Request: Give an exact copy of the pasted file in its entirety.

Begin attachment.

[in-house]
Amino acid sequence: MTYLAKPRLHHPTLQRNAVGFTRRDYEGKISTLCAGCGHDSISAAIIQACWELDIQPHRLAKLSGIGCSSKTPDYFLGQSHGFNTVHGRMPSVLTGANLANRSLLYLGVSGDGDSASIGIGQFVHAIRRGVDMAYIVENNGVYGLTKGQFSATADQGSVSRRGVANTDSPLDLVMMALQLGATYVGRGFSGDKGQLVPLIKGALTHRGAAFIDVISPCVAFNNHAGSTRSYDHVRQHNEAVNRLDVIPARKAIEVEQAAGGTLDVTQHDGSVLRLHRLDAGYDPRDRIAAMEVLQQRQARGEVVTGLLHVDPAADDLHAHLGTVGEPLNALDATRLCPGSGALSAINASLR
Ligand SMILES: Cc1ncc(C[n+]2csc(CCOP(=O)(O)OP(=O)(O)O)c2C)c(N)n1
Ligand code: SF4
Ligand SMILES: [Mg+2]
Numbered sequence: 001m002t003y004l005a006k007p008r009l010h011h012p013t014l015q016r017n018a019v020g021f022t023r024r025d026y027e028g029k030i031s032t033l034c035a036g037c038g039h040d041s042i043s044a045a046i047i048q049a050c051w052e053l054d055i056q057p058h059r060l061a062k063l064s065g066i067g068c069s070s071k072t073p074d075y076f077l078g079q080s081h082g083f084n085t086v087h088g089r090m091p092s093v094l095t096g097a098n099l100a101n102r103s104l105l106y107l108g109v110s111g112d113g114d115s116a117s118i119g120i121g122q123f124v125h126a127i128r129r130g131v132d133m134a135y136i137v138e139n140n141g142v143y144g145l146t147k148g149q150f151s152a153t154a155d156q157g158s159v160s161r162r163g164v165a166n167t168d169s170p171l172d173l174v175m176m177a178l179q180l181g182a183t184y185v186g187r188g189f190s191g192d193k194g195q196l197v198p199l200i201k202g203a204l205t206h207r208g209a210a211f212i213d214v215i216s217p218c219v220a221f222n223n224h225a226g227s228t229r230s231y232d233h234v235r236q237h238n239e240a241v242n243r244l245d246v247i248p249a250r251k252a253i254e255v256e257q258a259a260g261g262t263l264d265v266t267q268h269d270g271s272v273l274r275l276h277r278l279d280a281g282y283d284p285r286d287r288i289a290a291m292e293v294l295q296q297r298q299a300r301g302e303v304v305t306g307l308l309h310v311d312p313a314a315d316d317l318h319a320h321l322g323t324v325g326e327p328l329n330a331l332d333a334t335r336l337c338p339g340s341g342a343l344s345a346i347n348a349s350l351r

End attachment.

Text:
[in-house]
Amino acid sequence: MTYLAKPRLHHPTLQRNAVGFTRRDYEGKISTLCAGCGHDSISAAIIQACWELDIQPHRLAKLSGIGCSSKTPDYFLGQSHGFNTVHGRMPSVLTGANLANRSLLYLGVSGDGDSASIGIGQFVHAIRRGVDMAYIVENNGVYGLTKGQFSATADQGSVSRRGVANTDSPLDLVMMALQLGATYVGRGFSGDKGQLVPLIKGALTHRGAAFIDVISPCVAFNNHAGSTRSYDHVRQHNEAVNRLDVIPARKAIEVEQAAGGTLDVTQHDGSVLRLHRLDAGYDPRDRIAAMEVLQQRQARGEVVTGLLHVDPAADDLHAHLGTVGEPLNALDATRLCPGSGALSAINASLR
Ligand SMILES: Cc1ncc(C[n+]2csc(CCOP(=O)(O)OP(=O)(O)O)c2C)c(N)n1
Ligand code: SF4
Ligand SMILES: [Mg+2]
Numbered sequence: 001m002t003y004l005a006k007p008r009l010h011h012p013t014l015q016r017n018a019v020g021f022t023r024r025d026y027e028g029k030i031s032t033l034c035a036g037c038g039h040d041s042i043s044a045a046i047i048q049a050c051w052e053l054d055i056q057p058h059r060l061a062k063l064s065g066i067g068c069s070s071k072t073p074d075y076f077l078g079q080s081h082g083f084n085t086v087h088g089r090m091p092s093v094l095t096g097a098n099l100a101n102r103s104l105l106y107l108g109v110s111g112d113g114d115s116a117s118i119g120i121g122q123f124v125h126a127i128r129r130g131v132d133m134a135y136i137v138e139n140n141g142v143y144g145l146t147k148g149q150f151s152a153t154a155d156q157g158s159v160s161r162r163g164v165a166n167t168d169s170p171l172d173l174v175m176m177a178l179q180l181g182a183t184y185v186g187r188g189f190s191g192d193k194g195q196l197v198p199l200i201k202g203a204l205t206h207r208g209a210a211f212i213d214v215i216s217p218c219v220a221f222n223n224h225a226g227s228t229r230s231y232d233h234v235r236q237h238n239e240a241v242n243r244l245d246v247i248p249a250r251k252a253i254e255v256e257q258a259a260g261g262t263l264d265v266t267q268h269d270g271s272v273l274r275l276h277r278l279d280a281g282y283d284p285r286d287r288i289a290a291m292e293v294l295q296q297r298q299a300r301g302e303v304v305t306g307l308l309h310v311d312p313a314a315d316d317l318h319a320h321l322g323t324v325g326e327p328l329n330a331l332d333a334t335r336l337c338p339g340s341g342a343l344s345a346i347n348a349s350l351r